Military drone

Proceed with Caution

Date: March 21, 2024.
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‘Proceed with Caution’ is a warning. It signals danger ahead. It suggests that we slow down and take stock of where we are. However, do we heed this warning or continue without care?

‘Proceed with Caution’ is the title of an UK House of Lord’s Report about the use of Artificial Intelligence (AI) in Defence, published 1st December 2023. It is the outcome of an inquiry by the UK House of Lords ‘Artificial Intelligence in Weapons Systems Select Committee’ which issued a call for evidence in March 2023. A core notion is the association of AI with Autonomous Weapon Systems (AWS).

The report’s 98 pages span a range of topics which include defining what an AWS is, the benefits and risks associated with using AWS and whether use of AWS can be compliant with International Humanitarian Law (IHL). It concludes by considering the implications of the development of AWS upon UK Government Policy.

The report recognises the UK Parliament's central decision-making role in the development and use of AWS. This includes ensuring that there is public confidence in its development and also that any policy is ethically grounded.

Highlighted is the requirement that “the Government should ensure human control at all stages of an AWS’s lifecycle”. This draws upon the Ministry of Defence’s principles for the use of AI in defence which includes responsibility and accountability as well as proactive mitigation of risk of bias and harm.

The report, as suggested by its title, supported other documents such as the policy paper on AI use in Defence, “Ambitious, Safe, Responsible”, potentially offers comfort about the UK’s use of AI in weaponry, and by implication the development and use of AWS.

Who is accountable if something goes ‘wrong’?

There is reason to find comfort in AWS. The benefits of using AWS include fast, more efficient and better focused engagement, the reduced need for human combatants who potentially have the capability of inappropriate behaviour such as unwarranted destruction, revenge, dehumanisation, torture and murder.

However, there are risks. These include a lack of understanding of how the AI aspects of an AWS functions, and its unpredictability due to AI’s capability for self-learning, the danger of malfunction and the potential for a cybersecurity breach.

We need to add the question of who is accountable if something goes “wrong”, especially if there is violation of IHL. IHL comprises five core principles that must be complied with.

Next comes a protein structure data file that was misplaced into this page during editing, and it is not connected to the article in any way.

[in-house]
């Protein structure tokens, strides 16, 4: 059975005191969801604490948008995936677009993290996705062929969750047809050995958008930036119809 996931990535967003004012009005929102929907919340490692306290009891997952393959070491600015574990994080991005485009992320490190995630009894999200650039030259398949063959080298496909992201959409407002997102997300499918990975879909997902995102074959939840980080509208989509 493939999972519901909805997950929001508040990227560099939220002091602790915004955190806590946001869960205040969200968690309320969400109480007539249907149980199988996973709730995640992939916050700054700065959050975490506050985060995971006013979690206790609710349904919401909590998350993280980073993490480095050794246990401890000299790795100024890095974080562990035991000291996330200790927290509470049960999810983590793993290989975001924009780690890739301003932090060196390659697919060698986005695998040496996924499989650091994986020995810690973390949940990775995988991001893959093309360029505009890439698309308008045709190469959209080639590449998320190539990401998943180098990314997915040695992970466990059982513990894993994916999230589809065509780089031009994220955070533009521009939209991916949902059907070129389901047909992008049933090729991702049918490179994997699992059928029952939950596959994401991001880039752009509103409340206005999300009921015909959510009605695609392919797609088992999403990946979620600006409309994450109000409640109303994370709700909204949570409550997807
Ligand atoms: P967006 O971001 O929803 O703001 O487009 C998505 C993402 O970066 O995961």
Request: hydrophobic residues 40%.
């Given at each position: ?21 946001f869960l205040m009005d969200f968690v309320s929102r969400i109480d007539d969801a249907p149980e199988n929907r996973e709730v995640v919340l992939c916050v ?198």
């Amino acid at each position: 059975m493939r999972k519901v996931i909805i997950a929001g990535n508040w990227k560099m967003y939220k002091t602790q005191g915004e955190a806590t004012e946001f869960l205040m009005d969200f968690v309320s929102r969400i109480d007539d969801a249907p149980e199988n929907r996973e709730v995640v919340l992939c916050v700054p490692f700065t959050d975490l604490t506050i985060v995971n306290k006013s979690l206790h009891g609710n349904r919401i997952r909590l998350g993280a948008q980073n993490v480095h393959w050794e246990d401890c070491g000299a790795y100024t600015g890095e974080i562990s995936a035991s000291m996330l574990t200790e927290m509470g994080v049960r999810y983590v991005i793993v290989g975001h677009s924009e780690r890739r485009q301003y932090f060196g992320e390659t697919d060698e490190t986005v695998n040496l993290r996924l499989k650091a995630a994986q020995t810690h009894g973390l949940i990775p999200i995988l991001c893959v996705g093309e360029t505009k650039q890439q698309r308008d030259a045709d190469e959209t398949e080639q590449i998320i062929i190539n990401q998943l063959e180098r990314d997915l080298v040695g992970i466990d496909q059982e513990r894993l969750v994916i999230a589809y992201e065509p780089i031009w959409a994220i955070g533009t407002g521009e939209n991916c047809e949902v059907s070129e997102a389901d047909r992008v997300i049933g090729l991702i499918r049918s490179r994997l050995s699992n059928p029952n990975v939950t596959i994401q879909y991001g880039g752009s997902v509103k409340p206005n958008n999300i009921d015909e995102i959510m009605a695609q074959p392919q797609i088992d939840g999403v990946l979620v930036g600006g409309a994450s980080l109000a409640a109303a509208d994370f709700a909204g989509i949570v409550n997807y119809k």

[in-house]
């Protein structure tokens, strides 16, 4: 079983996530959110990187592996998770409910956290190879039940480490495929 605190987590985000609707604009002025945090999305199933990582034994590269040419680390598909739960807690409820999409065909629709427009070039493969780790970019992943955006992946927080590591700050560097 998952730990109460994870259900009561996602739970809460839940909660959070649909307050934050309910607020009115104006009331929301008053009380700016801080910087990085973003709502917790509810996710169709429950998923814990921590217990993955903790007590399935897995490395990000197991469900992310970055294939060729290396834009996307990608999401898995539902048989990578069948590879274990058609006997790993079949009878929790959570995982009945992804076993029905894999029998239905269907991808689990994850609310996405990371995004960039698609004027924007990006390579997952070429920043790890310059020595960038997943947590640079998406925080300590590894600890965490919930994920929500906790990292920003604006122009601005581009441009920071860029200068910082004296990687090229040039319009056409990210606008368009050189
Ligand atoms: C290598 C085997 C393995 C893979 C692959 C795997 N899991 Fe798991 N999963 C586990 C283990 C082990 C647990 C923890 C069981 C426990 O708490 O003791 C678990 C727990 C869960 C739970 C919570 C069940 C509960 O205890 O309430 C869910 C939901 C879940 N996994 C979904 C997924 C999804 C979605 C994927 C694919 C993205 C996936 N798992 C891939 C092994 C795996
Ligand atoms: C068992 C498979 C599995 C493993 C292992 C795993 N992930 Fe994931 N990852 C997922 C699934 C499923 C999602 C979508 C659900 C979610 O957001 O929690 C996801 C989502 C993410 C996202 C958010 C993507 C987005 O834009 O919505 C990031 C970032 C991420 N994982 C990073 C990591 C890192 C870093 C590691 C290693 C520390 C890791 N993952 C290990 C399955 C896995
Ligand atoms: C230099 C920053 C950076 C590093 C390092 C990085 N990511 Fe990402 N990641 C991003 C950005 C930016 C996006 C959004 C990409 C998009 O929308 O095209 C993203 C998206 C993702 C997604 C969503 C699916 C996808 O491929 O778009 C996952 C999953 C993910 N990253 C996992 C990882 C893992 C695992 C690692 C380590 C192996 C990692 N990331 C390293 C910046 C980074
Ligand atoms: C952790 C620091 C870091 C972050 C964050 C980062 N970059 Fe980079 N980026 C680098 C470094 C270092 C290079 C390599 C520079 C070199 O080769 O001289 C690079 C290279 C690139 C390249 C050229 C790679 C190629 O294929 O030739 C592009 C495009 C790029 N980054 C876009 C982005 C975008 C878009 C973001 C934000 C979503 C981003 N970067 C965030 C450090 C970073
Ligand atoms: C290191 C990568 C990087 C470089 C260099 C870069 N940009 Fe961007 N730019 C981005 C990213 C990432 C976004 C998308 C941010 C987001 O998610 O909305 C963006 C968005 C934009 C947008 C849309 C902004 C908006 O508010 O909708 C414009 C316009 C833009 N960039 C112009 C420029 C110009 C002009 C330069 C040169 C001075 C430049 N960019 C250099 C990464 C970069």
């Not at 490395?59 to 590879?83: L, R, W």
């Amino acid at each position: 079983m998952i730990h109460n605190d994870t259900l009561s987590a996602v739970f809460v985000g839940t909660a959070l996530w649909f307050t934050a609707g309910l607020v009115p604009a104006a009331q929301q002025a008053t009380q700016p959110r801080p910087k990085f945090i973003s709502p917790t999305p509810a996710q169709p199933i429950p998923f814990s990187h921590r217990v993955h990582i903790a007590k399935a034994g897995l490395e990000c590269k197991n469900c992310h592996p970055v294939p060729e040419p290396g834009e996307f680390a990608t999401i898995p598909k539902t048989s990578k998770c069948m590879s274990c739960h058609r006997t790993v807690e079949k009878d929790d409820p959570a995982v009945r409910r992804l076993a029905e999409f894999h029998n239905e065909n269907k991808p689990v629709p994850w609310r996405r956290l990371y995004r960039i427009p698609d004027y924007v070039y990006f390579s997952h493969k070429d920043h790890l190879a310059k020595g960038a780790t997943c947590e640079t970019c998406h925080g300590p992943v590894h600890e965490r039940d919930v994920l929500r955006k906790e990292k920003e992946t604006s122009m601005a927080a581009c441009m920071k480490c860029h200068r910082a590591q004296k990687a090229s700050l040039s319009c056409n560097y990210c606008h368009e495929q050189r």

‘Humanity’ and ‘Necessity’ requires that any action is that which is sufficient to achieve its legitimate intent, but at the same time with minimal harm, loss of life and destruction.

This implies the “distinction” between legitimate military targets and illegitimate non-military targets (e.g. schools, dwellings, places of worship, museums, markets and hospitals).

All feasible “Precautions”must be taken to protect civilians and civilian objects. If there are violations to IHL, then there is the question of how these violations are handled, which includes who is held accountable

This anticipates that there may be accompanying “collateral” loss of life, harm and destruction, but this must be “proportionate”,’ in other words, cannot be excessive relative to the clear military advantage to be expected.

Irrespective, all feasible “Precautions”must be taken to protect civilians and civilian objects. However, if there are violations to IHL, then there is the question of how these violations are handled, which includes who is held accountable.

The assumption is that it is acceptable to use AI and hence AWS in conflicts. Indeed, the UK’s apparent commitment to the ethical grounding of any policy relating to this could be viewed as supporting this.

However, there are two other views about AWS and its development and use. First is the argument, as expressed by the Stop Killer Robots coalition, that it is unethical, if not dehumanising, for a machine to decide who or who not to kill and as such should be regulated if not banned.

The counter-argument is that there is a need to pursue these developments as there will always be rogue nation-states and other actors who will ignore any agreements about how AI and AWS ought to be developed and used. This necessitates a superior capability and the requirement of AWS.

There is no better testbed for AWS than in a war

However, the UK is not alone in the development and use of AWS. The US is developing its own AI/autonomous systems (e.g. Project Maven).

However, a recent joint report by Human Rights Watch and the International Human Rights Clinic (IHRC) reveals that whilst the US Department of Defence updates Directives about its development and deployment of AWS, the US government does not have a government-wide policy that regulates how AWS might be used in situations that are not that of armed conflict, such as law enforcement and border control. It provides the example of the Central Intelligence Agency (CIA) and its use of armed drones.

This distinction between who within the US might use an AWS, triggers calls for a new international treaty to prohibit and regulate AWS and ensure that there is meaningful human control and hence clarification of who is accountable.